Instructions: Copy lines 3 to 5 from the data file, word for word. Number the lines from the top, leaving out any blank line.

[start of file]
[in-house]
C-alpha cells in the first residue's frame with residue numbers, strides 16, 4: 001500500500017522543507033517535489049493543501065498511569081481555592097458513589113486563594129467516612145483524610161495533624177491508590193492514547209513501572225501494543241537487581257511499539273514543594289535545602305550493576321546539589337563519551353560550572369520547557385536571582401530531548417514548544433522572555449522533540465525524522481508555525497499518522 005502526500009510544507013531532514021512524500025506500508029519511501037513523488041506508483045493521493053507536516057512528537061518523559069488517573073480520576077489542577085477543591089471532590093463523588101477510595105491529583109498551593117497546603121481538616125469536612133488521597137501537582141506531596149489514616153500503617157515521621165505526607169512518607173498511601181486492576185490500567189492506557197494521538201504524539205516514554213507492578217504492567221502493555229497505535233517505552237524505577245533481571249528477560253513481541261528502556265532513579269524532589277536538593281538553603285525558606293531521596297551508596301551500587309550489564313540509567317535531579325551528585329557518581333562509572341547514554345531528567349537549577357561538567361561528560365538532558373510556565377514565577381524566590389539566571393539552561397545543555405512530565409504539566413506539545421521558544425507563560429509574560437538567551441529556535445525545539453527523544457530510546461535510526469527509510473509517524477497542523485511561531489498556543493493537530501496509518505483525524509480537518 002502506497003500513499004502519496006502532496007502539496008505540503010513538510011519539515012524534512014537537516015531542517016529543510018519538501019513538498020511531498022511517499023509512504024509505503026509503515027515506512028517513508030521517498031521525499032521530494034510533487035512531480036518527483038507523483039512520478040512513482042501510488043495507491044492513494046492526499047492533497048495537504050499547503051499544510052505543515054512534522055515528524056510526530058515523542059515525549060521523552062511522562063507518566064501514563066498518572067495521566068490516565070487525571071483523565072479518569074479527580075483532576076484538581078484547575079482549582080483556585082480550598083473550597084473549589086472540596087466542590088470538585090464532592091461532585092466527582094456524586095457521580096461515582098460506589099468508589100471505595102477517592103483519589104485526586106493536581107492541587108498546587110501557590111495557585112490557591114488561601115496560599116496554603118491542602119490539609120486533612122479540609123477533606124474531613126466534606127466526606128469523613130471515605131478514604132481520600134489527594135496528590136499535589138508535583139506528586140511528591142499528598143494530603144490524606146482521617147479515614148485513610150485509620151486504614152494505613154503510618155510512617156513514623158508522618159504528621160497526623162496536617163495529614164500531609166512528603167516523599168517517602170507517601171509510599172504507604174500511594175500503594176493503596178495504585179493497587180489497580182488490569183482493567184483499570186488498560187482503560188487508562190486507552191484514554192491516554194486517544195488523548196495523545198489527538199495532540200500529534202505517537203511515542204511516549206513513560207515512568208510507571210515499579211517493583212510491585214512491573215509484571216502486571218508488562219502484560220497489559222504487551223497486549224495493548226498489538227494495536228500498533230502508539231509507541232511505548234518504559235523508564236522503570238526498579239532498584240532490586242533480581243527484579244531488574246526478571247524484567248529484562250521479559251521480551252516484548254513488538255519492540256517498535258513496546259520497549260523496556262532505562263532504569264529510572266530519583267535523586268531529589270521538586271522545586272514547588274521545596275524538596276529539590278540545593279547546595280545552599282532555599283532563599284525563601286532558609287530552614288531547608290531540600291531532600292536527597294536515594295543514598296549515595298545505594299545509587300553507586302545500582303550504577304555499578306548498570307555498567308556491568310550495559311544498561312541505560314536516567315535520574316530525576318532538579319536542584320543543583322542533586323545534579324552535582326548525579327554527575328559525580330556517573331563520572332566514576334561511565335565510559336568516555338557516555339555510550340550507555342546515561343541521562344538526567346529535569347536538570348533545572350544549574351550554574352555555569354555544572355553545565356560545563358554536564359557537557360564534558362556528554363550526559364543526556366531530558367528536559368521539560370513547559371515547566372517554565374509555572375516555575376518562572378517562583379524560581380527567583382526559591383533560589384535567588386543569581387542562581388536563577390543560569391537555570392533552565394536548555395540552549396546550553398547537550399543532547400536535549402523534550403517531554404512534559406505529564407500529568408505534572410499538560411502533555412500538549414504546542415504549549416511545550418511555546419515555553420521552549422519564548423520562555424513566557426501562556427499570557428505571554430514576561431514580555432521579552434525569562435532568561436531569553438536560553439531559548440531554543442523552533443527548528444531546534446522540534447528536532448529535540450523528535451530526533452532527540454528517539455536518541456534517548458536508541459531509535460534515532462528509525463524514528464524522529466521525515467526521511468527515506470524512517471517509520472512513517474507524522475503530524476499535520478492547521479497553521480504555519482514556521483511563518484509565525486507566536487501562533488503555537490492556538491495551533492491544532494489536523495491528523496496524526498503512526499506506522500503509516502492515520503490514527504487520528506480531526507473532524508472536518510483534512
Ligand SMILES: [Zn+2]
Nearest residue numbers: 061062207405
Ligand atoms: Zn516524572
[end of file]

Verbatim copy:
Ligand SMILES: [Zn+2]
Nearest residue numbers: 061062207405
Ligand atoms: Zn516524572